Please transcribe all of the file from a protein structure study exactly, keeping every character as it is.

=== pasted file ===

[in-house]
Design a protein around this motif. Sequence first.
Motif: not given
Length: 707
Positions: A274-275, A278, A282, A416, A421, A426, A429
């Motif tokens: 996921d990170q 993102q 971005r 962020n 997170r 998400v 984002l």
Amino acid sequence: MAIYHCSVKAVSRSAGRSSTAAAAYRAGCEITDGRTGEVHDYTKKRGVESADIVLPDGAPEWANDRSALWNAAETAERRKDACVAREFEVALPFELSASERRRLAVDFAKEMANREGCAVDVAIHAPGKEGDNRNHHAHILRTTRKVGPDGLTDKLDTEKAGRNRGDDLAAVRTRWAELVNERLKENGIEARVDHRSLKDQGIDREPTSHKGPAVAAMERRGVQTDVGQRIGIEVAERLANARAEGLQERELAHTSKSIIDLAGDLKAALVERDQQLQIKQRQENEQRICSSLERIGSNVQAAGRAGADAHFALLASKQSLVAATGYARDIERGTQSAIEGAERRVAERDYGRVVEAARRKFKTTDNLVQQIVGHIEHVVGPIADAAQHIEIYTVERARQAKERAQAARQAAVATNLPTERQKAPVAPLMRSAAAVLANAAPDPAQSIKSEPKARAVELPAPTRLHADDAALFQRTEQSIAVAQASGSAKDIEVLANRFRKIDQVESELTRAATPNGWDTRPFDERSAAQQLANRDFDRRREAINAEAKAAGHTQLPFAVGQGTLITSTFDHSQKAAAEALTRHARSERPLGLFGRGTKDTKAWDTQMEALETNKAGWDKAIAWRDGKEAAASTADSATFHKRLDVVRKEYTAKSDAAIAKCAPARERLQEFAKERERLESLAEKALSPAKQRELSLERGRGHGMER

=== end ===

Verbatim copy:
[in-house]
Design a protein around this motif. Sequence first.
Motif: not given
Length: 707
Positions: A274-275, A278, A282, A416, A421, A426, A429
């Motif tokens: 996921d990170q 993102q 971005r 962020n 997170r 998400v 984002l």
Amino acid sequence: MAIYHCSVKAVSRSAGRSSTAAAAYRAGCEITDGRTGEVHDYTKKRGVESADIVLPDGAPEWANDRSALWNAAETAERRKDACVAREFEVALPFELSASERRRLAVDFAKEMANREGCAVDVAIHAPGKEGDNRNHHAHILRTTRKVGPDGLTDKLDTEKAGRNRGDDLAAVRTRWAELVNERLKENGIEARVDHRSLKDQGIDREPTSHKGPAVAAMERRGVQTDVGQRIGIEVAERLANARAEGLQERELAHTSKSIIDLAGDLKAALVERDQQLQIKQRQENEQRICSSLERIGSNVQAAGRAGADAHFALLASKQSLVAATGYARDIERGTQSAIEGAERRVAERDYGRVVEAARRKFKTTDNLVQQIVGHIEHVVGPIADAAQHIEIYTVERARQAKERAQAARQAAVATNLPTERQKAPVAPLMRSAAAVLANAAPDPAQSIKSEPKARAVELPAPTRLHADDAALFQRTEQSIAVAQASGSAKDIEVLANRFRKIDQVESELTRAATPNGWDTRPFDERSAAQQLANRDFDRRREAINAEAKAAGHTQLPFAVGQGTLITSTFDHSQKAAAEALTRHARSERPLGLFGRGTKDTKAWDTQMEALETNKAGWDKAIAWRDGKEAAASTADSATFHKRLDVVRKEYTAKSDAAIAKCAPARERLQEFAKERERLESLAEKALSPAKQRELSLERGRGHGMER